Re: Removing packages perhaps too aggressively?
- Date: Fri, 2 Feb 2018 18:30:28 +0200
- From: Adrian Bunk <bunk@xxxxxxxxxx>
- Subject: Re: Removing packages perhaps too aggressively?
On Wed, Jan 31, 2018 at 11:18:28PM -0500, Scott Kitterman wrote:
> On Thursday, February 01, 2018 11:56:21 AM Paul Wise wrote:
> > On Thu, Feb 1, 2018 at 3:14 AM, Andrej Shadura wrote:
> > > For example
> > Here is another example of a low-quality RM bug; removal at request of
> > the maintainer, with no reason stated.
> > https://bugs.debian.org/887554
> > As a result of this, DSA has to resort to stretch or snapshot.d.o for
> > out-of-band access to our s390x machines.
> As the FTP team member that processed that removal, I can tell you I think
> it's perfectly fine. I don't think the FTP team should be in the business of
> second guessing maintainers that say their packages should be removed.
I don't think it should be the sole decision of the maintainer to get
a package removed.
Like in the case at hand:
Last maintainer upload was in 2014.
Maintainer does nothing (including no action on a "new upstream release"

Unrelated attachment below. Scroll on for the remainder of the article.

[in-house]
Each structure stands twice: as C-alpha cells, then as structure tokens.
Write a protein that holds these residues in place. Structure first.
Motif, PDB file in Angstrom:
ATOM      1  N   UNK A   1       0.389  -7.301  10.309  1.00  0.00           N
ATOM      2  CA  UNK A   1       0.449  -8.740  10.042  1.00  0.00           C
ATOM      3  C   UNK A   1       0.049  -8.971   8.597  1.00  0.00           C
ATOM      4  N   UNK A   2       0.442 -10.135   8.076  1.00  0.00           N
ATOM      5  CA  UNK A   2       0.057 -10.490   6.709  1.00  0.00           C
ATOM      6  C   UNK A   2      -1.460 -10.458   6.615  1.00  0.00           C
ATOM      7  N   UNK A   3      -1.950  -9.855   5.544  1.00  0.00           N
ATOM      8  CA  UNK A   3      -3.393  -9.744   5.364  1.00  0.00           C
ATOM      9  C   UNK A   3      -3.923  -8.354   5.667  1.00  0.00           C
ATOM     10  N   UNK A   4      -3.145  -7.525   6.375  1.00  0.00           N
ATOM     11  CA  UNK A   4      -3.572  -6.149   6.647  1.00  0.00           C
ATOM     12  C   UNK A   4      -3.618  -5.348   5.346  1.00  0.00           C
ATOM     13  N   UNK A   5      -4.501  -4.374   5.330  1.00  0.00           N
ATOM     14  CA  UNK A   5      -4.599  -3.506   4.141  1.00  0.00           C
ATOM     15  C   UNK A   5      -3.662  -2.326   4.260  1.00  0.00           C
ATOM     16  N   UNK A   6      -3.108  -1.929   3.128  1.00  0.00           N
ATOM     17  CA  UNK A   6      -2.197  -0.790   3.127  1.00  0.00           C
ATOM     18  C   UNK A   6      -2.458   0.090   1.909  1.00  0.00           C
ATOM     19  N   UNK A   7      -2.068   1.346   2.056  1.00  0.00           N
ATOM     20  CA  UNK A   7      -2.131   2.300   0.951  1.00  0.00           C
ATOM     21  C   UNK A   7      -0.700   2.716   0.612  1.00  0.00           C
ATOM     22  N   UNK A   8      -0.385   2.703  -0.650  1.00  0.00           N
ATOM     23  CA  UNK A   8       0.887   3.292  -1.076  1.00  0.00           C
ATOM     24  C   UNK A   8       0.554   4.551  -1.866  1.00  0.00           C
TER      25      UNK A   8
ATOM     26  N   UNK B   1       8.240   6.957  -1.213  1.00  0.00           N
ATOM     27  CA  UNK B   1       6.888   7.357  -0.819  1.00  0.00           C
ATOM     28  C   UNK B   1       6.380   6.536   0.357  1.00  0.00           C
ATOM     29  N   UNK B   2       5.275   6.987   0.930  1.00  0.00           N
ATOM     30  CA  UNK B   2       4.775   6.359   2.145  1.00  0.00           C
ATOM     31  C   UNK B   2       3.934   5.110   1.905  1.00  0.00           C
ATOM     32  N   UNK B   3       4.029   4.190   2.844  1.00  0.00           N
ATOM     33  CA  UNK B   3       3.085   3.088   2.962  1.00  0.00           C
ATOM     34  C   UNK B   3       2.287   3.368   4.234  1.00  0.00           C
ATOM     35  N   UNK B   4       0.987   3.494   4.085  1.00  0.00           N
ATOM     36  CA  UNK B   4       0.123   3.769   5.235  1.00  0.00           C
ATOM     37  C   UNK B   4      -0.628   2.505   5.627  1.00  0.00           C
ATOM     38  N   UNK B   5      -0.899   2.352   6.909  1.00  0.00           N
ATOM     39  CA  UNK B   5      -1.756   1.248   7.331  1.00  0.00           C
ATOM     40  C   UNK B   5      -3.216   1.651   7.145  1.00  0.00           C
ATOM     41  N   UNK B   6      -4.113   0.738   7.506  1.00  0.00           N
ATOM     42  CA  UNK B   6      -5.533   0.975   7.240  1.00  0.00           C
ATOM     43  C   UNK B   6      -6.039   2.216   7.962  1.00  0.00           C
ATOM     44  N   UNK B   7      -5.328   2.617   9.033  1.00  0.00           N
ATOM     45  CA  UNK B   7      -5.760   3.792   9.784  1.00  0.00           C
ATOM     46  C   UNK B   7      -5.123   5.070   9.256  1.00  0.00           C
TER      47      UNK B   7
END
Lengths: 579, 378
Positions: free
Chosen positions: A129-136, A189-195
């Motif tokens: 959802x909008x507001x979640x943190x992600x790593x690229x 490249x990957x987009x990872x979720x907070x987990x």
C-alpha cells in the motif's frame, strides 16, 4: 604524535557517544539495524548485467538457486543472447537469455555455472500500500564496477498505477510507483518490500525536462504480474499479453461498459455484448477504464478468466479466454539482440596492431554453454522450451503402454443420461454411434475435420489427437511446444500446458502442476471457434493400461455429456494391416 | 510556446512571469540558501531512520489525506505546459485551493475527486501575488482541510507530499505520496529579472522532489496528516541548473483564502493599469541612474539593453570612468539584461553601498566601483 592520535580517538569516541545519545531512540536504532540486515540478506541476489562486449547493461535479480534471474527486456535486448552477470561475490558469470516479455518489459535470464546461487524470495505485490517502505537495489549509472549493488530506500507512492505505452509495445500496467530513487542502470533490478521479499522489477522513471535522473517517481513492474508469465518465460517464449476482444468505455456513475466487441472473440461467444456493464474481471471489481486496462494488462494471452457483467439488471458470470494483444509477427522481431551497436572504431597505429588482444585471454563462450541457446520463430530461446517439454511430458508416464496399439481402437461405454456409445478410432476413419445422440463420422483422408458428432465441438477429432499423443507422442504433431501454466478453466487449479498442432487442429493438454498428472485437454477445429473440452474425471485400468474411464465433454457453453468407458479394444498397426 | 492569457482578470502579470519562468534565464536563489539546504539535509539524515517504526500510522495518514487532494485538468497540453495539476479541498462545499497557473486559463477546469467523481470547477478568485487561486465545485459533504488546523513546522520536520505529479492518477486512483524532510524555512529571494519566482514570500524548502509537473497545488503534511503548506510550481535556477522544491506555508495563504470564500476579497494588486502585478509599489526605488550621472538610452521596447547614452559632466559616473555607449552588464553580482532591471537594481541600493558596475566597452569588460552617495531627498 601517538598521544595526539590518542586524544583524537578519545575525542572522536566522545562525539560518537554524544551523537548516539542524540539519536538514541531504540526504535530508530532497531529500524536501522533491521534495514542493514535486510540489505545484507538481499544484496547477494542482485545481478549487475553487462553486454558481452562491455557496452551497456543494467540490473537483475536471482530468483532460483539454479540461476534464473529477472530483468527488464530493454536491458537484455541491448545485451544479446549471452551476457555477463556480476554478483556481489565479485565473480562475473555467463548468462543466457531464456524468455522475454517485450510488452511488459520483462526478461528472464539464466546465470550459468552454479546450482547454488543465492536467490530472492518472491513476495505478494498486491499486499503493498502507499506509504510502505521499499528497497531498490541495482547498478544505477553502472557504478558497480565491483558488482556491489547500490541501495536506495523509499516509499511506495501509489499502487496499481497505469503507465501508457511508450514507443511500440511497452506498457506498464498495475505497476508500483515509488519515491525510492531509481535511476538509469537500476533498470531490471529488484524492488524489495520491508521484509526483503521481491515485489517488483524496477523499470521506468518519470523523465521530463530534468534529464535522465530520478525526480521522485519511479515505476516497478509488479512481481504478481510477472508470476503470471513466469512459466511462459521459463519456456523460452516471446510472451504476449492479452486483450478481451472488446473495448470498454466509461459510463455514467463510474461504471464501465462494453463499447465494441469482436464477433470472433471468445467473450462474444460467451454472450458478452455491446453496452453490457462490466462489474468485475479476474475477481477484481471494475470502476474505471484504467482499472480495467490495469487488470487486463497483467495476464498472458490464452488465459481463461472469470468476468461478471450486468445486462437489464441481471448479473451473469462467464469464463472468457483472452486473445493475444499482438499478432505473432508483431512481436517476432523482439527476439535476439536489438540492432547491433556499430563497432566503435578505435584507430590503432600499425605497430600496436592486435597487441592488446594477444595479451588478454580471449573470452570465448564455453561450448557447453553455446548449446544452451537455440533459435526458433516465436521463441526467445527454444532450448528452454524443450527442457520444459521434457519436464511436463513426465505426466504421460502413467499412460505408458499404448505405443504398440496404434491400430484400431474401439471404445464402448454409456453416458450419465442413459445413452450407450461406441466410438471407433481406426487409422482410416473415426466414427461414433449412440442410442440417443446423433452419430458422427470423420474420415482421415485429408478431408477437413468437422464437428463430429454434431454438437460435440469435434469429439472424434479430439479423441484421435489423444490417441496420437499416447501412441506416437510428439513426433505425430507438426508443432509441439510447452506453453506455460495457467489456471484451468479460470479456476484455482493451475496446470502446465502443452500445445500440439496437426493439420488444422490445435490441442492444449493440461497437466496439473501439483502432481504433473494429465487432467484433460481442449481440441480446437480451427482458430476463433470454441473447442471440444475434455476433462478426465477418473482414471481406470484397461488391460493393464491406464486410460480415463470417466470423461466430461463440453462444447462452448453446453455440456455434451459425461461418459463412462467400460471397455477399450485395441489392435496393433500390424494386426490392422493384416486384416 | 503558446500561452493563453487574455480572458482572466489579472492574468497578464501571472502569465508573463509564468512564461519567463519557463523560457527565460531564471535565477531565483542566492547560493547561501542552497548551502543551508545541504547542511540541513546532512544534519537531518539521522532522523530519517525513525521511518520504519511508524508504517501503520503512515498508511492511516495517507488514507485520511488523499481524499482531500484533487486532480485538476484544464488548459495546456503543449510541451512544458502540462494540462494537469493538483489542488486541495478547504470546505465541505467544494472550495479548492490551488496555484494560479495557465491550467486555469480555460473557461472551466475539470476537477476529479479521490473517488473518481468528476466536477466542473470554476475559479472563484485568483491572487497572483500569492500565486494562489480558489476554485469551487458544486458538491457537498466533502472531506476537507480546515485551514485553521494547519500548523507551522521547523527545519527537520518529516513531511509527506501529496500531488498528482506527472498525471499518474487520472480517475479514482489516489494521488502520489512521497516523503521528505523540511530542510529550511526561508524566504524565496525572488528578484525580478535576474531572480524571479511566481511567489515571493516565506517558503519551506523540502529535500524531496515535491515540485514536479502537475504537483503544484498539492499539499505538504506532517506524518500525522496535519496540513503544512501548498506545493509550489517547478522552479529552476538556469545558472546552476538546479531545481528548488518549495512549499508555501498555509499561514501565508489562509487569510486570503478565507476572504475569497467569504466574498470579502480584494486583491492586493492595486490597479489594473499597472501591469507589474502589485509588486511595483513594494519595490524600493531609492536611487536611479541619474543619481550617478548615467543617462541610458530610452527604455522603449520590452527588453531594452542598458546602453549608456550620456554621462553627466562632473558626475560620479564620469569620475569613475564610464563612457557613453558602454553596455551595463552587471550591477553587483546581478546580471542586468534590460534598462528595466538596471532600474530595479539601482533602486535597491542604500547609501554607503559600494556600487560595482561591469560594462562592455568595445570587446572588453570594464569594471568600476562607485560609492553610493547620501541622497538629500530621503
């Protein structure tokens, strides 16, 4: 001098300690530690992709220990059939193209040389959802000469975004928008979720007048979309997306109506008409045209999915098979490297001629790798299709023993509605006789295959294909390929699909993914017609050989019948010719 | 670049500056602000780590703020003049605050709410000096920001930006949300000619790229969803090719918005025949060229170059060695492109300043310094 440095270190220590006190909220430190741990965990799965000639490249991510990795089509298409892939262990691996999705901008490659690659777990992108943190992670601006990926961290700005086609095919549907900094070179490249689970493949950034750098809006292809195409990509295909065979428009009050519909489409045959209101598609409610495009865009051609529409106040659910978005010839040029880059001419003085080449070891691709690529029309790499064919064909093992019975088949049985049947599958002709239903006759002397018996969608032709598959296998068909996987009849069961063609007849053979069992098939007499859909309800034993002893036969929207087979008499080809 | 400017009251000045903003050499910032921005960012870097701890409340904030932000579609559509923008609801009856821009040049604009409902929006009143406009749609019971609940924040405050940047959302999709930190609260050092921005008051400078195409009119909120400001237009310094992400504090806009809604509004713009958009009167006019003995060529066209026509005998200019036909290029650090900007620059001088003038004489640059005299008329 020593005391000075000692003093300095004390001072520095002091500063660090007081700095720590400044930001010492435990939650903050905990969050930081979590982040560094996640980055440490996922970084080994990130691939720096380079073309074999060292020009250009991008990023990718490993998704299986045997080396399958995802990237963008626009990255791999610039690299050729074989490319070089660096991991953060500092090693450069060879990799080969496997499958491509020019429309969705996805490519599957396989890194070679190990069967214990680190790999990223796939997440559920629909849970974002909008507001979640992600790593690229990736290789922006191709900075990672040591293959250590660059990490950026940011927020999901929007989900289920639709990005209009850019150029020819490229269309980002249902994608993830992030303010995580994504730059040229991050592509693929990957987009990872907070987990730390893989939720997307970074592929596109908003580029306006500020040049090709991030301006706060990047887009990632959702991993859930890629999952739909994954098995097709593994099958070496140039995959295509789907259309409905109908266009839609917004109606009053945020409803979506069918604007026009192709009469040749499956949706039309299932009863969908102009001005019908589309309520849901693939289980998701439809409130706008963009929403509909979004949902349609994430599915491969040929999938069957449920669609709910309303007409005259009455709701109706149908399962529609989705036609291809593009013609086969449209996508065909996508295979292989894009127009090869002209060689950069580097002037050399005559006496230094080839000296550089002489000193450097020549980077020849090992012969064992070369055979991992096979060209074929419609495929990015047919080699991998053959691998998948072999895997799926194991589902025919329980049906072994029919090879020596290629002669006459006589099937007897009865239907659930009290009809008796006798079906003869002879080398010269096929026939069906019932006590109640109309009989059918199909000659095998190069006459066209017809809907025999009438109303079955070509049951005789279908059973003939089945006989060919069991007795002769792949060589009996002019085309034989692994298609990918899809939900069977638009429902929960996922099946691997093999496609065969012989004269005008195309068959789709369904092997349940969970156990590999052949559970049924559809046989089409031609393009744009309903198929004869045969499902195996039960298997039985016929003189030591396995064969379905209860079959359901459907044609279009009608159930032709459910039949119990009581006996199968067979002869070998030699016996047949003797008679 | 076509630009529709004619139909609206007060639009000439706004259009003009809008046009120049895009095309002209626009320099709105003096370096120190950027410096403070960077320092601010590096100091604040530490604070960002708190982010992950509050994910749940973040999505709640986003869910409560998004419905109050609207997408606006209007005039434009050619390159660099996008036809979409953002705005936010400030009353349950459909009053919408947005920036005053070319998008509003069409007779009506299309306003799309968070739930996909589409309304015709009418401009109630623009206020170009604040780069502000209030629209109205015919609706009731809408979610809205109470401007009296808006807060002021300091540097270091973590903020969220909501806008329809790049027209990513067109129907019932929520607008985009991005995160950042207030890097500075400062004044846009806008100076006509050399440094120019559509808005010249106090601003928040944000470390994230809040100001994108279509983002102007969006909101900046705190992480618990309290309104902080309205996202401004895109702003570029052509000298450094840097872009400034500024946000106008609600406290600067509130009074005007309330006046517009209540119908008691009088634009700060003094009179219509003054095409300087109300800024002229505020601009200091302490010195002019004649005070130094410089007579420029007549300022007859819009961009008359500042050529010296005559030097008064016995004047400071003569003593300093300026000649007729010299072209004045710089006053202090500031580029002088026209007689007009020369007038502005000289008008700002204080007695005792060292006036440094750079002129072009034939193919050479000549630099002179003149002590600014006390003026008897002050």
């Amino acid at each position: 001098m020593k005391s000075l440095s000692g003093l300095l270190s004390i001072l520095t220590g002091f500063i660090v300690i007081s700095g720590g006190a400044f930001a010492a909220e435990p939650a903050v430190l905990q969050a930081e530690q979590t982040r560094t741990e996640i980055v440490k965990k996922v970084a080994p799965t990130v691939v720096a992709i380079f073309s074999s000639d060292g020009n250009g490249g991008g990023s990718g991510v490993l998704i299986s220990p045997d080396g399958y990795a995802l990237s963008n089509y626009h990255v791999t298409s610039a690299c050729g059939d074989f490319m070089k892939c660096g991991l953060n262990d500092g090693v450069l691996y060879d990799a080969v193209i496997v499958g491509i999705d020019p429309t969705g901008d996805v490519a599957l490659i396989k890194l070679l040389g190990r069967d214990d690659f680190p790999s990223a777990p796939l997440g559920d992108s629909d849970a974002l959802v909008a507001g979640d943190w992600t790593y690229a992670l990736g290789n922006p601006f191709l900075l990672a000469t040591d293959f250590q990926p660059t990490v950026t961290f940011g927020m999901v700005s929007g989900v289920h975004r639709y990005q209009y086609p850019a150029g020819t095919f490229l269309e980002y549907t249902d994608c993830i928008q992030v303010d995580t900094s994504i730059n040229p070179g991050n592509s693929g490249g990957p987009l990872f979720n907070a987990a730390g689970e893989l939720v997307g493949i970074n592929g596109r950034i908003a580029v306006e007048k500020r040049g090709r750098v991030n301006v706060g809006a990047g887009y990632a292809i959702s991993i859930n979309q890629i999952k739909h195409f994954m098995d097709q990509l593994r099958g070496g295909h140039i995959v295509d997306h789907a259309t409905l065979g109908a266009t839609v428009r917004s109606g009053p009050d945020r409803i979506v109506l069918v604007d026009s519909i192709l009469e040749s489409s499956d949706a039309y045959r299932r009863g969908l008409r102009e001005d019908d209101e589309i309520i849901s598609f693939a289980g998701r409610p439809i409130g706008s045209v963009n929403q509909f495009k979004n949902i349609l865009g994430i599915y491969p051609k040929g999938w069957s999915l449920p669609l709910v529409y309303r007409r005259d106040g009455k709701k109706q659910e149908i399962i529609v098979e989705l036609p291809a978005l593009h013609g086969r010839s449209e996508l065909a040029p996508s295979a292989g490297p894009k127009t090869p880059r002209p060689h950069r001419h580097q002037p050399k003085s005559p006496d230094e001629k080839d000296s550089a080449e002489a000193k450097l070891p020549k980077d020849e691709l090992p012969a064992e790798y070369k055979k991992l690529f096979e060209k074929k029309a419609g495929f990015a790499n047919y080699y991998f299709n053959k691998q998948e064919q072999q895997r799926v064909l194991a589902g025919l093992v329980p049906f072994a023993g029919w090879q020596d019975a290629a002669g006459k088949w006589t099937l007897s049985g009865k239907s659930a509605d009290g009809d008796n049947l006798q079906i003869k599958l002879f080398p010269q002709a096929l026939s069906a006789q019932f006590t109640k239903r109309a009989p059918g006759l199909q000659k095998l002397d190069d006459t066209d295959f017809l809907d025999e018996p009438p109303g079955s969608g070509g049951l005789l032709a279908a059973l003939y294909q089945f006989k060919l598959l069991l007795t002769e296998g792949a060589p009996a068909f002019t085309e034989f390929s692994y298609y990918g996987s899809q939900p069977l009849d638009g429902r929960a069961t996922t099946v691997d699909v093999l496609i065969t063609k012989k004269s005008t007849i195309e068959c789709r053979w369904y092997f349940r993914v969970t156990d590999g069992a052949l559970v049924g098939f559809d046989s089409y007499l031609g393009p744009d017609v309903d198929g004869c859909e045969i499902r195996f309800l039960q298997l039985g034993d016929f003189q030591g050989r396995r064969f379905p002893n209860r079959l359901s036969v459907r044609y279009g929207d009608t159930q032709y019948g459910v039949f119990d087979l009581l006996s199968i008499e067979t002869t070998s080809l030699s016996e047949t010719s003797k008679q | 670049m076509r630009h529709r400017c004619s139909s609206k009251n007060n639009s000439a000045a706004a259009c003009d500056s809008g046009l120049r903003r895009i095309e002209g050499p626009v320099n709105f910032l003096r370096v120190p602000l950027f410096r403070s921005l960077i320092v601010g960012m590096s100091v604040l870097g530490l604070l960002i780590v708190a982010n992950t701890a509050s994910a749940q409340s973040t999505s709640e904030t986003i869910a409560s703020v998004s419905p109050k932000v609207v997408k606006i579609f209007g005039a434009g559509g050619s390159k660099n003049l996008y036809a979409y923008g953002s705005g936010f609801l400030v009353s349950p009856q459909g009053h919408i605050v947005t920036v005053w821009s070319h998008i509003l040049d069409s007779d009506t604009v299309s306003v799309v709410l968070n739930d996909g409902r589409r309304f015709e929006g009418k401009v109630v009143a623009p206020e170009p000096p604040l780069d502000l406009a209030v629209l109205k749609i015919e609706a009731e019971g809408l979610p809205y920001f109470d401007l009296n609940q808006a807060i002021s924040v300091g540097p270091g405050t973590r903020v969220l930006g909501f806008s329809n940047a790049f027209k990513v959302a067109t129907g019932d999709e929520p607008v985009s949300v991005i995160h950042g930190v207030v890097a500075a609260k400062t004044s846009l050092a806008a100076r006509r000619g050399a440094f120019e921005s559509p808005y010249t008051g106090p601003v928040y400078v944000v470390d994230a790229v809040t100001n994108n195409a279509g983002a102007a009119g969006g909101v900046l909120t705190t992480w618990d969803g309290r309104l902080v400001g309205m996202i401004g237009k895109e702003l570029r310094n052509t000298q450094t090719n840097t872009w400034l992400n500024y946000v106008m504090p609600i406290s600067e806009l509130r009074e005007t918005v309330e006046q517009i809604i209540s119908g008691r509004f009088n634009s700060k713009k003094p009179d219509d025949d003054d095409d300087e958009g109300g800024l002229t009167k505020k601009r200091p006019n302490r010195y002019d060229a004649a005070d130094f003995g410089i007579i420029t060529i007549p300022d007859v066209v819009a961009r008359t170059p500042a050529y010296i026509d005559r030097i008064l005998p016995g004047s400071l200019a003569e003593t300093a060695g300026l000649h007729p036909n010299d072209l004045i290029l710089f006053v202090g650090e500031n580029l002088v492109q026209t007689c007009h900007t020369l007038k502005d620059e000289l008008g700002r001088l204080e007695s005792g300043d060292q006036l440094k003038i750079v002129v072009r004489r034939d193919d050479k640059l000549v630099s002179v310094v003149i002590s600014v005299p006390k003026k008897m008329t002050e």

bug from a user in 2014).
Maintainer files RM bug in 2018.
Why does the maintainer have the sole decision here?
The package would have been in a better state had it
been a QA-maintained orphaned package since 2014.
> If it's important, someone who cares enough should re-introduce the package.
This works nicely, assuming the user who needs the package is a DD and
For normal users who are not following unstable the situation
is less rosy.
And if a normal user would notice immediately, what could he/she do?
Even an RFP to get a perfectly working package re-added just like it
was before the removal has close to zero chance of being acted on.
> Scott K
"Is there not promise of rain?" Ling Tan asked suddenly out
of the darkness. There had been need of rain for many days.
"Only a promise," Lao Er said.
Pearl S. Buck - Dragon Seed